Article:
The Covington City Council will likely extend the city's central business district boundaries as part of a broader plan to encourage more economic development downtown.
Members of Main Street Covington attended the council's Monday work session to brief them on the proposal to extend the central business district, which is now called mixed use downtown, under the new zoning ordinance.
"We feel like this is the perfect time to be discussing [expanding the CBD] because the hotel/civic center is moving forward," said Billie Jean Whatley, a member of Main Street Covington.
Main Street Covington proposed extending the CBD from the Covington square down Pace Street towards U.S. Highway 278.
Josephine Kelley, director of Main Street Covington, said the CBD, which comprises those downtown streets that are bounded on the north by railroad tracks, on the south by Conyers Street, on the east by Elm Street and on the west by Emory Street, is at 95 percent occupancy.
Though almost fully occupied, Kelley said the district was in need of more dining options.
"To make this district sustainable in the future, we've got to look for some additional space," she said.
By extending the CBD to include Pace Street, Main Street Covington said the city can create more green space and give existing independent businesses on Pace Street access to the resources offered by Main Street Covington. Properties on Pace Street that front U.S. Highway 278 would be excluded from the district.
"I think it's a great idea," said Mayor Kim Carter. "It's horrible looking now."
City Manager Steve Horton said there would likely be considerable expense to beautify the Pace Street corridor, which was included in the city's Livable Centers Initiative study last year.
Main Street Covington also proposed reactivating the Downtown Development Authority, which has the ability to access and create funds for the promotion of the downtown's revitalization, by adding new members, as several have moved out of the city and by having the authority meet on a more regular basis.
The DDA was formed in 1997 and in the past has met sporadically as needed. The
DDA's last project was procuring low cost loans for the construction of the Lula building on the square.
The city council reacted favorably to the proposals by Main Street Covington and will be voting on them at their meeting next Monday.
In other city council news:
The council got into a heated discussion over the need to hire an interior designer to come up with a plan for redesigning the mayor and elected officials' office at City Hall. Carter had first proposed redesigning the office in the spring.
After some discussion about the need to redesign the office in the first place, the council agreed to seek bids for an interior design contract. Two bids, one is $5,000 and the other $5,800, were received and a subcommittee of the city council was formed to consider them.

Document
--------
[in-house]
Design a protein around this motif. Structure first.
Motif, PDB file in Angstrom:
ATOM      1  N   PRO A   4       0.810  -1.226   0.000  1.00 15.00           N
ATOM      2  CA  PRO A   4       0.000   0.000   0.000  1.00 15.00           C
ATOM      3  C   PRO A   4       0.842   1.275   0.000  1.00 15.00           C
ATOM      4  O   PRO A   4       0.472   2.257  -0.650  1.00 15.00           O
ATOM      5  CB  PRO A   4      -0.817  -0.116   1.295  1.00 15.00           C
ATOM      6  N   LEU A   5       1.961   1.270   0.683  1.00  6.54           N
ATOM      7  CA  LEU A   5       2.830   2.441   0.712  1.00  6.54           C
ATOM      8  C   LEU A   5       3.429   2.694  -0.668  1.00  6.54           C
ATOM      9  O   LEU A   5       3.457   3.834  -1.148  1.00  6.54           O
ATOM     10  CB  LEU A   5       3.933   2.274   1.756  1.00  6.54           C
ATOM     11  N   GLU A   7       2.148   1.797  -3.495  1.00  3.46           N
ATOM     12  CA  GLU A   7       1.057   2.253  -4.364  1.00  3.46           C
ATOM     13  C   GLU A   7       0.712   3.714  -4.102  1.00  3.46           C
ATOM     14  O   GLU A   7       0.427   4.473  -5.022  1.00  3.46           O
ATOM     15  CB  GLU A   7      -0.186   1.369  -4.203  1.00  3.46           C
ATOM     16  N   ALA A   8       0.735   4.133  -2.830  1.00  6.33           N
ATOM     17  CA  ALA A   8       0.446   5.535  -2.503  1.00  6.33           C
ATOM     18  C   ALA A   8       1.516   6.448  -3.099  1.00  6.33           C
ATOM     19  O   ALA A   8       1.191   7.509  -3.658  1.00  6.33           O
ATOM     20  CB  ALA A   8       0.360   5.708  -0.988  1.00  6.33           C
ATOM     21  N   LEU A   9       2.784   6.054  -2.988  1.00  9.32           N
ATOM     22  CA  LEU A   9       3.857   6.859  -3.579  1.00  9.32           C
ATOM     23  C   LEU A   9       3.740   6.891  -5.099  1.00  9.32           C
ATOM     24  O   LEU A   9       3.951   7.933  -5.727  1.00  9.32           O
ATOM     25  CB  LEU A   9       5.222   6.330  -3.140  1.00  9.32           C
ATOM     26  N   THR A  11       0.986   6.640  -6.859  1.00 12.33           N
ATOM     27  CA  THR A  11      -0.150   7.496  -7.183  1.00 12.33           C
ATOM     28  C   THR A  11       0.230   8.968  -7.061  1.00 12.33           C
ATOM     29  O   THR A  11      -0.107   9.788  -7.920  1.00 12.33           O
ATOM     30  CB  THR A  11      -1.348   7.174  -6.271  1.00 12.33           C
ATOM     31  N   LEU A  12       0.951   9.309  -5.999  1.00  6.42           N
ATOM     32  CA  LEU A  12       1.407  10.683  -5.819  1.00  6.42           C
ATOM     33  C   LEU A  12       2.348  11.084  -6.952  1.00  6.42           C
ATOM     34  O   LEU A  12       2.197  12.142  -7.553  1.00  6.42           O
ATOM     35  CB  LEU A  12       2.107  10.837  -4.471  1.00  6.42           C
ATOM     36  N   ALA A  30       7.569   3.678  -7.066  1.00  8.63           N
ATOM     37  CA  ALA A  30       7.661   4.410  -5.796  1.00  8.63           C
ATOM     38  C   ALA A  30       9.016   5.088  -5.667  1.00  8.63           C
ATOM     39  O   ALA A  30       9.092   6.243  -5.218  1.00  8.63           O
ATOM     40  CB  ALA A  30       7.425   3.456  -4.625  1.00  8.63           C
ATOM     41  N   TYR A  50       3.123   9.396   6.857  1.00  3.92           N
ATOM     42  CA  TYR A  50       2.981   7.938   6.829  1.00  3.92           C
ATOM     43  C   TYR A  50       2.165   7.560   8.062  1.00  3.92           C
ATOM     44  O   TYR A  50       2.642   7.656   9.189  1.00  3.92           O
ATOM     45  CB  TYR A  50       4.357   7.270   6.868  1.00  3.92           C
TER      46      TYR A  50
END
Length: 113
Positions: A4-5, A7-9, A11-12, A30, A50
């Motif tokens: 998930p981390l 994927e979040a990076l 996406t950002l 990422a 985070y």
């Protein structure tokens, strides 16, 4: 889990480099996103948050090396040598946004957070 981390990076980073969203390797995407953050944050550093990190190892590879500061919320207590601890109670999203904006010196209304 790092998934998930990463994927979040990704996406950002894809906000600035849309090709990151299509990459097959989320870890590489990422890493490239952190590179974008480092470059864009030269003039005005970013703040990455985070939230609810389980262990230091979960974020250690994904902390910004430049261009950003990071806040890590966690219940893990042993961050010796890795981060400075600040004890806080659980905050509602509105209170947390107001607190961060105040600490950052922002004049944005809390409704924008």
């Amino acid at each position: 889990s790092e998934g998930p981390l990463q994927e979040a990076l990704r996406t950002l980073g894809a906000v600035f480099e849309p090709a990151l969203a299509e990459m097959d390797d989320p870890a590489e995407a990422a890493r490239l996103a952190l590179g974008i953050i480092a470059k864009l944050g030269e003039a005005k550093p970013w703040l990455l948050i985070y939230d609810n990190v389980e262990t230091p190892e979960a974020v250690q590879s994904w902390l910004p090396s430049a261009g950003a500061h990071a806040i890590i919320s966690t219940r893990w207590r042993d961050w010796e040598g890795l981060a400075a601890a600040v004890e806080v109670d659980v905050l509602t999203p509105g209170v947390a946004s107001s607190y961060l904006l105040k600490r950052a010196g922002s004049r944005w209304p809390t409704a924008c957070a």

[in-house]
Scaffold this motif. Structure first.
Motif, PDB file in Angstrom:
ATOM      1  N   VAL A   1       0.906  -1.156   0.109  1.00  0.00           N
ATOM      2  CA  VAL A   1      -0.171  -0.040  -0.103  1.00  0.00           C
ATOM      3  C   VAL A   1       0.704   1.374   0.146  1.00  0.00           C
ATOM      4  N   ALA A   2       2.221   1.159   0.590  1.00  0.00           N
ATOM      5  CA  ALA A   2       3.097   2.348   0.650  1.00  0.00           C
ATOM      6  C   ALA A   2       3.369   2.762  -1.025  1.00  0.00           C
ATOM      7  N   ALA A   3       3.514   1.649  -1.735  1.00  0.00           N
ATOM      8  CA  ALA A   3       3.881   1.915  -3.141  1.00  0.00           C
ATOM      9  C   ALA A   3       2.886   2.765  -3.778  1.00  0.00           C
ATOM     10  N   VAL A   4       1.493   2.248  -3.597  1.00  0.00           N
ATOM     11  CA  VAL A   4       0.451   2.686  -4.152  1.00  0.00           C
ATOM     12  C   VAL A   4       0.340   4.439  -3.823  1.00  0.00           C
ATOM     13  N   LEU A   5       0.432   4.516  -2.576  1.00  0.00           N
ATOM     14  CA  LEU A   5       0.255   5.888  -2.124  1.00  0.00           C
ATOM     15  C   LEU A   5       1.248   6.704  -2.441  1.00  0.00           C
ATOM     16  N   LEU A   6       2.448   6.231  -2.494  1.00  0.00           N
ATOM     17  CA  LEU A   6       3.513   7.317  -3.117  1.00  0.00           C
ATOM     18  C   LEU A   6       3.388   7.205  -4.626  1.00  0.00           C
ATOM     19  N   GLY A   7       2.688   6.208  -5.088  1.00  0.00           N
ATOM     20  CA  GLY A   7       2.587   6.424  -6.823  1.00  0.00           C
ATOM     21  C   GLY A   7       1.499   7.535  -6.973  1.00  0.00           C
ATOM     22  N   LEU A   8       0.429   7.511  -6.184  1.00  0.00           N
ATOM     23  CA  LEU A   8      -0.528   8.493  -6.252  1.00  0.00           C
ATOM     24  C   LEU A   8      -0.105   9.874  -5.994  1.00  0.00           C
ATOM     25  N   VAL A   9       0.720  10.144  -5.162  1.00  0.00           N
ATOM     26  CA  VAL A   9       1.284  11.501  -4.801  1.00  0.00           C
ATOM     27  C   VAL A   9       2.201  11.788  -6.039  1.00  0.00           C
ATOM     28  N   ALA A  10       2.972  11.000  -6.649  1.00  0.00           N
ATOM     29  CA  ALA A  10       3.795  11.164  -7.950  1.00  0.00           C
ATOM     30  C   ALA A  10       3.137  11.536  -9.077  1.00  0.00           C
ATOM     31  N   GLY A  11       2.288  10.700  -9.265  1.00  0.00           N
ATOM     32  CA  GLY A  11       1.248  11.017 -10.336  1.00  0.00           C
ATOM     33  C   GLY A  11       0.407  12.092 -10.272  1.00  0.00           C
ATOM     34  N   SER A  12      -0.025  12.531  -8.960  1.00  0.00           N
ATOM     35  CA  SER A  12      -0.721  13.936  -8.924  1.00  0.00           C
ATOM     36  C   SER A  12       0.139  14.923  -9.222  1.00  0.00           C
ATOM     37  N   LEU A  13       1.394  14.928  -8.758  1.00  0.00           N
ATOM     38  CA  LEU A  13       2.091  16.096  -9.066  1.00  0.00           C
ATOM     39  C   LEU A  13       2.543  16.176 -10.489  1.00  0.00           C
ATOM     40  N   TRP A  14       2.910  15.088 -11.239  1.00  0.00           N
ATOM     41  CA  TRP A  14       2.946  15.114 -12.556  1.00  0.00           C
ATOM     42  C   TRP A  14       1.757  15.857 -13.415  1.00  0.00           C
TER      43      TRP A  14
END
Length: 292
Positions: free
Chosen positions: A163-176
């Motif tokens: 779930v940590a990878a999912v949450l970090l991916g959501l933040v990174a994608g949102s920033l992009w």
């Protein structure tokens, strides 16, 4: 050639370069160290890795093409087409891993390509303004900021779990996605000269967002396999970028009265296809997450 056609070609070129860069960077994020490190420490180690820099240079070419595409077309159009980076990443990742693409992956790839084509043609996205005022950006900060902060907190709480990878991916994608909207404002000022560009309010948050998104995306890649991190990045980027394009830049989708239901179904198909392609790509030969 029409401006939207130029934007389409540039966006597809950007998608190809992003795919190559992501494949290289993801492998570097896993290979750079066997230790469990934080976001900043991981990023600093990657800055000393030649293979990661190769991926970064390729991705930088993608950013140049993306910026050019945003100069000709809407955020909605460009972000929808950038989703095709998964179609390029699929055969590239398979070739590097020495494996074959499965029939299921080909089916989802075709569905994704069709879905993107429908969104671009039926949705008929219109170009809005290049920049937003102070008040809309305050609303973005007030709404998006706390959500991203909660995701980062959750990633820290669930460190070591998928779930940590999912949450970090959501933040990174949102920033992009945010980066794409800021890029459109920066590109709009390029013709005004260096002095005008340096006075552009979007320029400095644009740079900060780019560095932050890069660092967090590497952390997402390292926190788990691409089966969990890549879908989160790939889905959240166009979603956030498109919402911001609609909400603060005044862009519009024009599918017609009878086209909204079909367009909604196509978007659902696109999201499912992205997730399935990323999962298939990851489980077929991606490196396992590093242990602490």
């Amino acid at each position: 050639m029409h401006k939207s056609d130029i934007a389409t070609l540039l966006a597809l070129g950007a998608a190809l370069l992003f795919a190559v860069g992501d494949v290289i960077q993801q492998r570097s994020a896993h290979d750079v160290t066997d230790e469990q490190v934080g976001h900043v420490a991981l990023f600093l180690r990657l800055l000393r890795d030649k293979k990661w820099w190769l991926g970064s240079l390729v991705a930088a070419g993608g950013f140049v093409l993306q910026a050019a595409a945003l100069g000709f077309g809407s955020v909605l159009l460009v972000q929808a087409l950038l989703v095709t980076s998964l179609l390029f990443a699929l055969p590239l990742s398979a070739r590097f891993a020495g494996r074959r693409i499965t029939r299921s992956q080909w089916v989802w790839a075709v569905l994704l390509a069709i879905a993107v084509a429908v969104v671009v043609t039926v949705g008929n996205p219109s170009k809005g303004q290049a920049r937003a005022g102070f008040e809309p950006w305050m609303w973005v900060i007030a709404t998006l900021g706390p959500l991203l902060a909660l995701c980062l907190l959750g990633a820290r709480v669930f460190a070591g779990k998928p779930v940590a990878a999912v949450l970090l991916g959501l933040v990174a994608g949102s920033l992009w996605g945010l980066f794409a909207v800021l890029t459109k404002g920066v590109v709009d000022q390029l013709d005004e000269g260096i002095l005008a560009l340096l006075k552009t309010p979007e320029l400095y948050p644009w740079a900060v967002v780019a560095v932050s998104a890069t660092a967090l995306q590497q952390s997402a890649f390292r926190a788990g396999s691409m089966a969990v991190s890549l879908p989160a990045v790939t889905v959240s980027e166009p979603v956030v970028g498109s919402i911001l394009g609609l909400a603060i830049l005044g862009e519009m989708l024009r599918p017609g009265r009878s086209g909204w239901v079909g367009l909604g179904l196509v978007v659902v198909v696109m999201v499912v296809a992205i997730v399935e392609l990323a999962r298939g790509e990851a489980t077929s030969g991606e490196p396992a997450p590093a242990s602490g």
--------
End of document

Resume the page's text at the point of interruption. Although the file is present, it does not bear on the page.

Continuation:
One of the bids comes from a local resident with experience in residential interior design and the other comes from an Atlanta consultant with experience in commercial interior design. The council will vote on the bids at their Monday meeting.
At the work session, Councilman John Howard, who had served on the subcommittee at one point but then withdrawn, said he wasn't sure that an interior designer was needed and wondered if the city couldn't just use its best judgment in picking out new furnishings for the office, which hasn't been refurnished in several decades.
Carter acknowledged that the issue had become a political hotspot and said an interior designer was needed to give the city advice on things like ceiling fixtures, as interior lighting is one of main gripes about the office now.
"I don't have time to comb through catalogues and go shopping every day," Carter said. "I'm not capable of designing a new ceiling plan and a new floor plan."
She added that when important officials visit the city, she meets them at the Covington/Newton County Chamber of Commerce because she is embarrassed with the way the office looks.
Horton agreed that the office needed some work. "That office gets a lot of activity. I use it frequently."
Carter later pointed out that the amount needed to redecorate the office was a very small thing compared to the city's entire FY 2008-2009 budget of $130 million. She said residential property taxes contribute a small portion of the city's revenue stream ($900,000) and that the bulk of it comes from its industrial base.